Lash extensions are not one size fits all- in fact, after a proper and thorough consultation, your lash tech will apply a set of lashes that are totally unique to you! Your lash tech will use your eye and face shape as well as the length and thickness of your natural lashes to determine the best set of extensions for you. This is not as simple as choosing a set out of a drawer, though!
There are several factors that go into the final look of a lash extension: length, curl, and thickness. This specific combination, which is unique to every tech and client, is why everyone’s lash extensions look different.
Let’s look at these different factors:
Lash extensions come in a range of lengths, most commonly from 7mm all the way to 14mm and longer.
- Short lashes would fall in the 6mm to 8mm range.
- Medium length lashes are generally 9mm to 12mm.
- Long Lashes would be those measuring 13mm to 14mm.
And there’s always room for something more…Extra long lash extensions can be 15mm or longer on natural lashes that can safely support this length!
Your lash technician will determine the appropriate mix of lengths to use for your lashes during your consult; for example, extra long lashes adhered to naturally short lashes will weigh on the natural lash after a while, which can result in droopy looking lashes. Too long of a lash extension can also damage the natural lash and follicle, so it’s important that your lash tech chooses a look that is appropriate for your natural lashes. As a general rule of thumb, lash extensions should not touch your glasses or your eyebrows, and you should never feel like you’re wearing them – if you do, they might be too long!
Lash extensions come in a variety of curls, which can be used by the lash tech to create different looks.They also vary in their suitability for different types of natural lashes, which means it’s important that your lash tech chooses a curl that will work with the curl of your natural lash.
- J Curl is rarely used in the industry; it’s almost straight with a slight curl, like a lowercase “j”. I personally have never use this curl.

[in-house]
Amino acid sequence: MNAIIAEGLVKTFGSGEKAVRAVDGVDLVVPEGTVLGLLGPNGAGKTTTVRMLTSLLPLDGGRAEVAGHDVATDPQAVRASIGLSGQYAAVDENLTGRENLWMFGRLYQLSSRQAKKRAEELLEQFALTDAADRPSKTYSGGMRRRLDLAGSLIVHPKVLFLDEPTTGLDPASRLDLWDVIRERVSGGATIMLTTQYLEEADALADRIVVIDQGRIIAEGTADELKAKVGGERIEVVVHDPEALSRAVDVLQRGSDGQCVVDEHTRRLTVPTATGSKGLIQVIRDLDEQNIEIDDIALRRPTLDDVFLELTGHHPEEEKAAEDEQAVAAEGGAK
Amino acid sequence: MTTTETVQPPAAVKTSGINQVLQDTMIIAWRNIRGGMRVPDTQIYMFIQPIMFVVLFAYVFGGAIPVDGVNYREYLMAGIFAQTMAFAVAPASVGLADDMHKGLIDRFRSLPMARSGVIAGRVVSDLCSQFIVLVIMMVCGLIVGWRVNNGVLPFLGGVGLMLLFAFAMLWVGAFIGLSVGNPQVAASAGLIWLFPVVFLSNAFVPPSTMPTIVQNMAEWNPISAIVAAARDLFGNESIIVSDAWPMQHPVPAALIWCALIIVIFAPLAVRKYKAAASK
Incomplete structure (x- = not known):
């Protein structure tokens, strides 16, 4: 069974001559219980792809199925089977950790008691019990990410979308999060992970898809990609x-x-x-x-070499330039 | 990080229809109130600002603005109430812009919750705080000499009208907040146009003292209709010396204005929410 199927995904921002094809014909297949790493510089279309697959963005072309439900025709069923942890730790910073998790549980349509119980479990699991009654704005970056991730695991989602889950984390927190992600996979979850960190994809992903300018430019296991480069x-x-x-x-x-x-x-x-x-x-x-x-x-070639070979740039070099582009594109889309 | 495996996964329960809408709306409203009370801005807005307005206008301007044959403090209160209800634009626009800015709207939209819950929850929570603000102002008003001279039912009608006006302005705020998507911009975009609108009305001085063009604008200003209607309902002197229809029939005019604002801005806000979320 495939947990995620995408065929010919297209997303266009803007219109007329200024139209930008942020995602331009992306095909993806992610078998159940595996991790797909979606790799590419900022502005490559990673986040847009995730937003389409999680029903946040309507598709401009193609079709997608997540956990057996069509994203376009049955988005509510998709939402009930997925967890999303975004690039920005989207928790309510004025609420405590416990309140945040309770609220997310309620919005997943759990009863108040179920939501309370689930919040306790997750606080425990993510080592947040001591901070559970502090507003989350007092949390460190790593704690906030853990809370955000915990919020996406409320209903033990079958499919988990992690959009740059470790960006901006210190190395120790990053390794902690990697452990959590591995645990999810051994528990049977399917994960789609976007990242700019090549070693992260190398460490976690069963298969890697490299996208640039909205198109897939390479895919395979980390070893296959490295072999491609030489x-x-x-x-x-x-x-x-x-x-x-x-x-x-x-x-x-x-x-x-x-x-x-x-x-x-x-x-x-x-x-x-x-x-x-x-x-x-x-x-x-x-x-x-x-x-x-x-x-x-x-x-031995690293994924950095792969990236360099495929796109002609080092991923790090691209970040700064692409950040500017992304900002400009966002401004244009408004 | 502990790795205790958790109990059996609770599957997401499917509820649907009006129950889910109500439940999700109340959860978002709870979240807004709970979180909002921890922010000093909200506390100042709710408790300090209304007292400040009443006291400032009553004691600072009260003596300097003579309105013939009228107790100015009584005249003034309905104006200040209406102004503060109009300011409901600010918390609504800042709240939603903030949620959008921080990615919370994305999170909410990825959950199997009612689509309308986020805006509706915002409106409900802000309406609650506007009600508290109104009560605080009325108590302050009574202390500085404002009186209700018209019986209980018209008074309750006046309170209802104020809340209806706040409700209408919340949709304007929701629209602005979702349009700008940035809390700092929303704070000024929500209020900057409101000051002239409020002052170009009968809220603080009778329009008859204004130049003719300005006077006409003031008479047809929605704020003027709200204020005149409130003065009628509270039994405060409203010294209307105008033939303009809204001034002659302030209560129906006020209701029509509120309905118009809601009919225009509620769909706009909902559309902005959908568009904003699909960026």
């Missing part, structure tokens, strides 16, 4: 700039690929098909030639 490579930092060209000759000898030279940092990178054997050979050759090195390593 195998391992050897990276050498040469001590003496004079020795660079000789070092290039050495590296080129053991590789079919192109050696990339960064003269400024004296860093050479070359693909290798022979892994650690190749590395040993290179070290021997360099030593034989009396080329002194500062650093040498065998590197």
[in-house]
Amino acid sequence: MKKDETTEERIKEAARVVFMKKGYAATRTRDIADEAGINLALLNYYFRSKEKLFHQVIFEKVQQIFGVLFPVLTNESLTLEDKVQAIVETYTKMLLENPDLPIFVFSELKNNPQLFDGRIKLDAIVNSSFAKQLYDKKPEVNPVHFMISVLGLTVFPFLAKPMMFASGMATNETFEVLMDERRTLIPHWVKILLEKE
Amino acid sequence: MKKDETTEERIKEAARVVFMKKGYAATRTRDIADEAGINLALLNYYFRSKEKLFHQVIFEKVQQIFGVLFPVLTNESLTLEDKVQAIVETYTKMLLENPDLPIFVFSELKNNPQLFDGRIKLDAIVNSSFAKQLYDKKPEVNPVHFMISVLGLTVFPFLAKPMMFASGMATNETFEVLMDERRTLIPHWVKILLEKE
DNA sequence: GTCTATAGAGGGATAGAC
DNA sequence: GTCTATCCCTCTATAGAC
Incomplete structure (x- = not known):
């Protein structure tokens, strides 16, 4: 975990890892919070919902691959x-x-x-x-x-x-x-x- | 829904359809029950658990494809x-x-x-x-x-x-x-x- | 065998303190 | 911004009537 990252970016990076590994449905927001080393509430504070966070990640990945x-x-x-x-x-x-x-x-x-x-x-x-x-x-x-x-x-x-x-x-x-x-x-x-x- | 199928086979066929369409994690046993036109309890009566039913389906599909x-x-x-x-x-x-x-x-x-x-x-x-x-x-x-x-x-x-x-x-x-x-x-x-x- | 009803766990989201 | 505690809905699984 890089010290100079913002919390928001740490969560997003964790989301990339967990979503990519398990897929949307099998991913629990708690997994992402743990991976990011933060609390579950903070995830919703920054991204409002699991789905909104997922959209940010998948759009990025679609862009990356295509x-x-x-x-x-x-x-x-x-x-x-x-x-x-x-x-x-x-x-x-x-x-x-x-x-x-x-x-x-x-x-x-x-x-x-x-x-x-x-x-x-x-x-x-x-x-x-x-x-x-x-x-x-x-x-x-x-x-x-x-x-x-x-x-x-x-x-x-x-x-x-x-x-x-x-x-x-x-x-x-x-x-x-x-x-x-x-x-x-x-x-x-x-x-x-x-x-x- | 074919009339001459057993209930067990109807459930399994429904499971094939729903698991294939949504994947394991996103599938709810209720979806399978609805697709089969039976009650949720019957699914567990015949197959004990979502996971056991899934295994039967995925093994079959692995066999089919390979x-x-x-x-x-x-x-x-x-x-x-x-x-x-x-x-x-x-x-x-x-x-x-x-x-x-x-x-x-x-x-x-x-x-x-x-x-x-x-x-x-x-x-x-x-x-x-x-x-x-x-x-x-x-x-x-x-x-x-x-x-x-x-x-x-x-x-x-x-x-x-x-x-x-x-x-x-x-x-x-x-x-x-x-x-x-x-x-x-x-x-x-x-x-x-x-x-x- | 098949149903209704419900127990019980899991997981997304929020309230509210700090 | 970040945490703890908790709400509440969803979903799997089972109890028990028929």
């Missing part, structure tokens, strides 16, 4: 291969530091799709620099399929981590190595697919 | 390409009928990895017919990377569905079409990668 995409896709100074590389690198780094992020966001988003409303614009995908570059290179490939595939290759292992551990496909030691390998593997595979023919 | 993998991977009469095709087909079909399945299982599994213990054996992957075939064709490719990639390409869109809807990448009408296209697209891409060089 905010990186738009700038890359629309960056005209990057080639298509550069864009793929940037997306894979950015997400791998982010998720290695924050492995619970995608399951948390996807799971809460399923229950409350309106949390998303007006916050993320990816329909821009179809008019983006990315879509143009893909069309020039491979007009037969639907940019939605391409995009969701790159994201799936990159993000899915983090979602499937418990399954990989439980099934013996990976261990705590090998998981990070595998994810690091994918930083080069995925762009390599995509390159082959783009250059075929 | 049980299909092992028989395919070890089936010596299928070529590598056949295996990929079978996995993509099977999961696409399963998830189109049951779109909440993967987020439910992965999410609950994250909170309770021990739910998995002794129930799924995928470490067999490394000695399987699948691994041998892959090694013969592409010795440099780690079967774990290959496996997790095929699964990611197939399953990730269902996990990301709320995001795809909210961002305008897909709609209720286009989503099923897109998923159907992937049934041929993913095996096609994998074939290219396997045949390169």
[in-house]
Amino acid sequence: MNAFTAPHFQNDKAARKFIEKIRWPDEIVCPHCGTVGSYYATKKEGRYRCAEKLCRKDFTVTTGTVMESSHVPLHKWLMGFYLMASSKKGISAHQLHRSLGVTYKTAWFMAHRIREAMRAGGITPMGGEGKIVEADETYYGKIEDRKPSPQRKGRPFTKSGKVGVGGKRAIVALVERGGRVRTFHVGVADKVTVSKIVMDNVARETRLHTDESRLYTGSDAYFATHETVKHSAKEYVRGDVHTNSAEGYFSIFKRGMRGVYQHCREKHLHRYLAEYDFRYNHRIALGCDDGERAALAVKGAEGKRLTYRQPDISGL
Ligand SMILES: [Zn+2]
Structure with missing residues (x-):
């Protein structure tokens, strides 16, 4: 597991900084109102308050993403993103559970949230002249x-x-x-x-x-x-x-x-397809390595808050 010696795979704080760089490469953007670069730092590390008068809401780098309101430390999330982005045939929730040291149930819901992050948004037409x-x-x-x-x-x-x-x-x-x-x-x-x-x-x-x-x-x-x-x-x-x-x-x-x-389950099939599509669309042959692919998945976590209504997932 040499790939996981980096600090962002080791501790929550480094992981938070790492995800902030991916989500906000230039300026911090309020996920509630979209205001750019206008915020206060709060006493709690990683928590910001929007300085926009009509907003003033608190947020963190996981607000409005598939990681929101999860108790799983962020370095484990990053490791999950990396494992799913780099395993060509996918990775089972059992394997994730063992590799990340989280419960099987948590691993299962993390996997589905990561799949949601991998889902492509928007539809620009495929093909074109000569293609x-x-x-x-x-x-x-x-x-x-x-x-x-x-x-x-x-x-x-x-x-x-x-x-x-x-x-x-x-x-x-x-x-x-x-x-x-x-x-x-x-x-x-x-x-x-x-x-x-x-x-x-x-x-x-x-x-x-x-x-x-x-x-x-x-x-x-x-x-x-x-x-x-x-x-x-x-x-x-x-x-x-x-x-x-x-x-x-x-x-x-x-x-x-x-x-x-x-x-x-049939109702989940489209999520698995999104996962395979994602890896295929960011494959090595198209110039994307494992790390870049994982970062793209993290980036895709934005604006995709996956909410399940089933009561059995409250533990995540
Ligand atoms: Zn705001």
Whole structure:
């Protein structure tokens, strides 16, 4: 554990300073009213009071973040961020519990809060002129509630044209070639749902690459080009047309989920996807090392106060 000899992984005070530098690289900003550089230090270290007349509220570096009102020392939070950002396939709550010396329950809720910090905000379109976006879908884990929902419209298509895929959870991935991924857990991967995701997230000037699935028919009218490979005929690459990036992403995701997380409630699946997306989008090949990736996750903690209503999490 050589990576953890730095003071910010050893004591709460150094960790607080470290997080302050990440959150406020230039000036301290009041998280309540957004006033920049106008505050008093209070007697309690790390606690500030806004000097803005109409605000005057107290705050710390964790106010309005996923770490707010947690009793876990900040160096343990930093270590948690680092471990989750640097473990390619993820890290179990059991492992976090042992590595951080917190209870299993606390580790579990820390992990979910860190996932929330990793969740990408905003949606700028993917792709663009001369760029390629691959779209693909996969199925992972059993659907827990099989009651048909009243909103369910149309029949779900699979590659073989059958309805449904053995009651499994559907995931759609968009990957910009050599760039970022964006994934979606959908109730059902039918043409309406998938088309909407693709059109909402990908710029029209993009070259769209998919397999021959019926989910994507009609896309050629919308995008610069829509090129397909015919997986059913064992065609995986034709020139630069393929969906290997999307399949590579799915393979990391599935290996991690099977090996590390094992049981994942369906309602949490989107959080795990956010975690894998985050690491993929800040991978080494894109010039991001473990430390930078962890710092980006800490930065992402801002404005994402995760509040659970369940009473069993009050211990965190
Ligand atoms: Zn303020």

- B Curl is the next curl up, and gives just a little more curl when looking straight on. I rarely use this curl since it’s less curly than many people’s natural lashes.
- C curl gives a more classic, wide-eyed look, and is suitable for anyone that doesn’t have naturally pin-straight lashes.
- D curl is a step curlier than the C curl, and can be used on natural lashes that have quite a bit of natural curl already, or to give straight lashes more of a lift, creating an eye-opening effect.
- L curl is shaped kind of like the letter L, and gives a beautiful lift to super straight and downward-pointing natural lashes. This is one of my favorite curls to use.
In most cases, your lash tech will select a blend of lashes that best suits your natural lashes and eye shape. They will also take into account the look you are going for, whether that’s natural, cat-eyed, or a doll-like look.
Just as the length and curl of your lash extensions must work with your natural lashes, the thickness of your lash extensions must also complement your natural look.
If you have thin natural lashes then a heavier lash extension is simply not appropriate – it could damage your lash or follicle and leave you with even less lashes than you started with!
A good lash tech will always examine the natural state of your lashes before selecting the appropriate extensions and make sure that your natural lash can support the weight of the extension.
Now that you know what goes into a set of lash extensions, you’ll be better prepared to ask questions and ensure you’re getting the best result possible from your extensions. At Muse + Maven, I am proud to provide knowledgeable and professional service to my clients.
Have any lash-related questions? Get in touch with us!
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